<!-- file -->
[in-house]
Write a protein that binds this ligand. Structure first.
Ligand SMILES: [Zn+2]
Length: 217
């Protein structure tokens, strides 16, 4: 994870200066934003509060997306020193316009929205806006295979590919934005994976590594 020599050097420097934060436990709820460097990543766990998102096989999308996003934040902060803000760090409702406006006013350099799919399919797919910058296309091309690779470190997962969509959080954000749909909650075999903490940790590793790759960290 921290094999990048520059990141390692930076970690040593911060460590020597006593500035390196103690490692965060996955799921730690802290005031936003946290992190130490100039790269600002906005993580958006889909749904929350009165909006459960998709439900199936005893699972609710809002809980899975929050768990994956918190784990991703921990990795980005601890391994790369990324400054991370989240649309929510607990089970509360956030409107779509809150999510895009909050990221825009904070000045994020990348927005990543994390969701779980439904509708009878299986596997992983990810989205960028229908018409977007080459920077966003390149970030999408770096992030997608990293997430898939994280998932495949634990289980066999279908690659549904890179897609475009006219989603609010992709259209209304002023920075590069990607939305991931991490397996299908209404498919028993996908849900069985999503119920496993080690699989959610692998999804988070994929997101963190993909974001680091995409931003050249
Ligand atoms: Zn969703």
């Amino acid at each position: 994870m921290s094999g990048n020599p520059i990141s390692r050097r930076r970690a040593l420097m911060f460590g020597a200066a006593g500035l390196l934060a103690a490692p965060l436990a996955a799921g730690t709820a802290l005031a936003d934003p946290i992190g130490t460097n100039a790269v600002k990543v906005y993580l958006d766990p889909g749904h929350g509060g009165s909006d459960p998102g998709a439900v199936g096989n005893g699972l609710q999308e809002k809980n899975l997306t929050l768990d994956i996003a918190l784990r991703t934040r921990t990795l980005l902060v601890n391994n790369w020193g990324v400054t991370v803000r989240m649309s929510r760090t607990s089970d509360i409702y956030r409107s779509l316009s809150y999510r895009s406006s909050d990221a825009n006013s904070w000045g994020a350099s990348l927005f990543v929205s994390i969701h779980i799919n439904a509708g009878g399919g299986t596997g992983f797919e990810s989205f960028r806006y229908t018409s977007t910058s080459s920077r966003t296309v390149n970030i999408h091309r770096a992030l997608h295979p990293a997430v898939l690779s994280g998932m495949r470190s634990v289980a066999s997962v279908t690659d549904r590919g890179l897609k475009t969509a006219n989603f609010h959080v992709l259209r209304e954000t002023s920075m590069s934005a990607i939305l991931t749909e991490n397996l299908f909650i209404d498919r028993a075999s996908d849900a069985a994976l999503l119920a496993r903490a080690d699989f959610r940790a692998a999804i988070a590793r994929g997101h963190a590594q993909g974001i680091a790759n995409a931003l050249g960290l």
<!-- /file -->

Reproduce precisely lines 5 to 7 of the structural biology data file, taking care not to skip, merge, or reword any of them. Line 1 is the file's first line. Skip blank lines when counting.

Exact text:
């Protein structure tokens, strides 16, 4: 994870200066934003509060997306020193316009929205806006295979590919934005994976590594 020599050097420097934060436990709820460097990543766990998102096989999308996003934040902060803000760090409702406006006013350099799919399919797919910058296309091309690779470190997962969509959080954000749909909650075999903490940790590793790759960290 921290094999990048520059990141390692930076970690040593911060460590020597006593500035390196103690490692965060996955799921730690802290005031936003946290992190130490100039790269600002906005993580958006889909749904929350009165909006459960998709439900199936005893699972609710809002809980899975929050768990994956918190784990991703921990990795980005601890391994790369990324400054991370989240649309929510607990089970509360956030409107779509809150999510895009909050990221825009904070000045994020990348927005990543994390969701779980439904509708009878299986596997992983990810989205960028229908018409977007080459920077966003390149970030999408770096992030997608990293997430898939994280998932495949634990289980066999279908690659549904890179897609475009006219989603609010992709259209209304002023920075590069990607939305991931991490397996299908209404498919028993996908849900069985999503119920496993080690699989959610692998999804988070994929997101963190993909974001680091995409931003050249
Ligand atoms: Zn969703």
């Amino acid at each position: 994870m921290s094999g990048n020599p520059i990141s390692r050097r930076r970690a040593l420097m911060f460590g020597a200066a006593g500035l390196l934060a103690a490692p965060l436990a996955a799921g730690t709820a802290l005031a936003d934003p946290i992190g130490t460097n100039a790269v600002k990543v906005y993580l958006d766990p889909g749904h929350g509060g009165s909006d459960p998102g998709a439900v199936g096989n005893g699972l609710q999308e809002k809980n899975l997306t929050l768990d994956i996003a918190l784990r991703t934040r921990t990795l980005l902060v601890n391994n790369w020193g990324v400054t991370v803000r989240m649309s929510r760090t607990s089970d509360i409702y956030r409107s779509l316009s809150y999510r895009s406006s909050d990221a825009n006013s904070w000045g994020a350099s990348l927005f990543v929205s994390i969701h779980i799919n439904a509708g009878g399919g299986t596997g992983f797919e990810s989205f960028r806006y229908t018409s977007t910058s080459s920077r966003t296309v390149n970030i999408h091309r770096a992030l997608h295979p990293a997430v898939l690779s994280g998932m495949r470190s634990v289980a066999s997962v279908t690659d549904r590919g890179l897609k475009t969509a006219n989603f609010h959080v992709l259209r209304e954000t002023s920075m590069s934005a990607i939305l991931t749909e991490n397996l299908f909650i209404d498919r028993a075999s996908d849900a069985a994976l999503l119920a496993r903490a080690d699989f959610r940790a692998a999804i988070a590793r994929g997101h963190a590594q993909g974001i680091a790759n995409a931003l050249g960290l």